United protested loudly at the expense yet another trip to London would mean for their fans, particularly pertinent with the country still in recession. The FA decided to let things rest upon a ballot of both clubs’ fans, agreeing to switch if both sets agreed. United’s fans voted overwhelmingly for change, but a majority of Oldham fans wanted Wembley, and so it was. It is rumoured in Manchester to this day that the Oldham verdict was tipped by a large intake of Manchester City fans, out to inconvenience their rivals.
United were in poor form. The semi-final was not the six goal thriller of yesteryear, and an Oldham goal nine minutes from the end of extra-time was on the point of taking the club to their first Final, when a spectacular equaliser by Mark Hughes secured a replay. This was played at Maine Road, Manchester, where the tie should always have been played, and United were comprehensive 4-1 winners.
This was another Final I failed to see on TV, for the simple fact that I was at Wembley itself. The omens were mixed, with Chelsea the only team to do the League double over United, both times by a single goal from Gavin Peacock. Who hit the bar in the first half, which was goalless. The second half was a different story as United were twice awarded penalties, one clear cut, the other controversial. Both were stroked home in identical manner by Cantona, the first Frenchman to play in the Cup Final.
It was the first, and to date only occasion when two penalties have been awarded to the same team, and Cantona’s first was the first Cup Final penalty to be scored since Arnold Muhren for United in the replay eleven years earlier.
The second penalty was the subject of controversy, referee David Ellary giving the award from thirty yards away when his linesmen, ten yards from the incident, failed to flag. However, Ellary was at the correct angle to see the offence, whereas his linesman’s view was blocked by the body of United’s Andrei Kanchelskis. I have always found it significant that, despite England’s top referee being correct in seeing the offence, his linesman was unable to tell him that contact had been two yards outside the area. Subsequently, Elleray admitted regretting his decision.
Not being at home, I missed the BBC’s near blunder in allowing replays of the penalty incident to nearly overrun United’s third goal, by Hughes. This too was a personal record: it was Hughes’ fourth Wembley appearance of the season – Charity Shield, League Cup Final, FA Cup semi-final and Final – and he had scored in every game. Indeed, Cantona’s first penalty had been United’s first Wembley goal that season NOT to be scored by Hughes!
The Frenchman came inches from scoring the first Cup Final hat trick since 1953 but United equalled their own record for biggest winning margin at Wembley with a fourth goal just before time, set up on a plate for Brian McClair by an act of unselfishness above and beyond the call of human nature by Paul Ince.
United’s eighth win equaled Tottenham Hotspur’s record and they also became the sixth team to win the Double of League and Cup in the same year. That the Cup was still the great glory game may be signified by the fact that it was not until the third United goal, securing the Cup, that I remembered United were the League Champions, and had therefore won the Double!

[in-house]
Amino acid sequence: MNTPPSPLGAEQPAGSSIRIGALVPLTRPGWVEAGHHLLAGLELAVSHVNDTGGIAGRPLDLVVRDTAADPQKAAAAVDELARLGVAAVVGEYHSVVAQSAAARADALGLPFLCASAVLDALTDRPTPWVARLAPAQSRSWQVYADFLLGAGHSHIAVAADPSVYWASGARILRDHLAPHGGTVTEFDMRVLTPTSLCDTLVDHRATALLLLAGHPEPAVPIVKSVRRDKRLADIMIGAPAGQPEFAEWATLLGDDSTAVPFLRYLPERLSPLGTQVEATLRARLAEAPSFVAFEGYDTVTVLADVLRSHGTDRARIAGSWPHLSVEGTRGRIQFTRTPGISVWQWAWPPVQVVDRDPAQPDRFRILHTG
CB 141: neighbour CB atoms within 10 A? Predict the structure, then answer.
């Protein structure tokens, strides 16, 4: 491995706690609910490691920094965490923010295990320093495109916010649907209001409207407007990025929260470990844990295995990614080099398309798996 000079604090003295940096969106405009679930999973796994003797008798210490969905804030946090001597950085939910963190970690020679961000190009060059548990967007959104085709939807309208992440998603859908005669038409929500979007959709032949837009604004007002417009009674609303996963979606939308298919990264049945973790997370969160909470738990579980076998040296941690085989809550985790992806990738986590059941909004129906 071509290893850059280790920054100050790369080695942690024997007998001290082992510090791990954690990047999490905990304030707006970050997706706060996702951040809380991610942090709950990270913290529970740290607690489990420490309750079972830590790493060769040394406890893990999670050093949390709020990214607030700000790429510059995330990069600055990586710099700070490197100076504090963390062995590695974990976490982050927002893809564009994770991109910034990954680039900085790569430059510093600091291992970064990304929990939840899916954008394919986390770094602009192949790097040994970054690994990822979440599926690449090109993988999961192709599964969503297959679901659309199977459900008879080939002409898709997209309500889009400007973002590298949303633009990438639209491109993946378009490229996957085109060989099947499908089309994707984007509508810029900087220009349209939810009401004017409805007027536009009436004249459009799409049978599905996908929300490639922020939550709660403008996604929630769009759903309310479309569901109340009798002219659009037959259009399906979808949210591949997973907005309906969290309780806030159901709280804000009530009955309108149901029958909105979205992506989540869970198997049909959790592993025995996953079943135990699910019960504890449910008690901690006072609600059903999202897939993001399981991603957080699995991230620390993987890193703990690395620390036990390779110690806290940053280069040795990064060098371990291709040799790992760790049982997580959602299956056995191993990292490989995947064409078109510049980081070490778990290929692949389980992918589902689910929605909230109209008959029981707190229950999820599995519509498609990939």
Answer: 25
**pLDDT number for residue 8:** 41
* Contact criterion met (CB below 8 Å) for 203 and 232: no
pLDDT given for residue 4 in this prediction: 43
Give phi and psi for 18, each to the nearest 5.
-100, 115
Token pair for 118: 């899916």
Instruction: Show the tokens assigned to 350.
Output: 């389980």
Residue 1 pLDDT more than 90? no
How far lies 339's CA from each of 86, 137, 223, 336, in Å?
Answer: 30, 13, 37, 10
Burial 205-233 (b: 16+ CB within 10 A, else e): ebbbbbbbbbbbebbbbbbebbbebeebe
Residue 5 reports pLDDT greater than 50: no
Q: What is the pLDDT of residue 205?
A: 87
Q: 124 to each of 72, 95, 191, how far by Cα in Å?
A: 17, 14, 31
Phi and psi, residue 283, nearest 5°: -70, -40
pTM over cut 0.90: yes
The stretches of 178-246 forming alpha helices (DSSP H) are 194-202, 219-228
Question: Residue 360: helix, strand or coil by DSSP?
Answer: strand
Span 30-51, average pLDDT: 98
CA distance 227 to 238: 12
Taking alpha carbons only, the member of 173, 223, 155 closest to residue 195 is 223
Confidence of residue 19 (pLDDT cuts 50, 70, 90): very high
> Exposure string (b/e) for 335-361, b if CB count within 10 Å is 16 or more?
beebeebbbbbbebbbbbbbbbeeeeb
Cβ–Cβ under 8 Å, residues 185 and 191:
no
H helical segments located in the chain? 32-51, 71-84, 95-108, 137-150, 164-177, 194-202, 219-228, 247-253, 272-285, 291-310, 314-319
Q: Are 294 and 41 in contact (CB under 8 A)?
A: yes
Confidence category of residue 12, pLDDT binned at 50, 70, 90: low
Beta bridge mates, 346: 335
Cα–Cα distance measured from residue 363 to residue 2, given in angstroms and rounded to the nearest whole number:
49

This was also the first Final to features three substitutes for each team, enabling clubs thereafter to always have a goalkeeping substitute available in the event of injury or sending off.
After winning their Double, Liverpool had come close three times in the next four years to be the first Club to win in twice. In 1994/95, Manchester United came within two blinding saves of doing it back-to-back.
That season’s Cup almost began with a team short, as Tottenham Hotspur were initially banned from entering the Cup, as a punishment for financial irregularities. On appeal, however, it was decided that a financial penalty was better suited for financial improprieties and the joint record-holders were reinstated.
Manchester United’s season was rocked in February by the suspension of their talismanic striker, Eric Cantona until September 30 1995. Cantona had been sent off in a League game at Crystal Palace and was pursued along the touchline by a home fan spewing racial and obscene taunts at him, until Cantona vaulted the fence and kung-fu kicked the fan (quickly revealed to be a National Front member).
United reacted promptly and responsibly by suspending Cantona for the rest of the season, though the FA decided it needed to be seen acting and extended that ban by a further ten weeks.
Without Cantona, United still reached the Final, needing a replay to beat their 1990 Final opponents, Crystal Palace in the semi-final, whilst Everton comfortably beat the reprieved Spurs to set up a repeat of the 1985 Final. United, hampered by the absence of Cantona, arrived at Wembley as Premier League runners-up by a single point, a title-winning win in their last game denied by great saves from Ludek Miklosko for West Ham.
The repeat Final from ten years previously would end with the same score, but this time Everton prevailed. United were denied extra-time by a blinding save from Neville Southall, who played in both games, preventing an equaliser by substitute Paul Scholes. Scholes would score in a Final before the decade was out.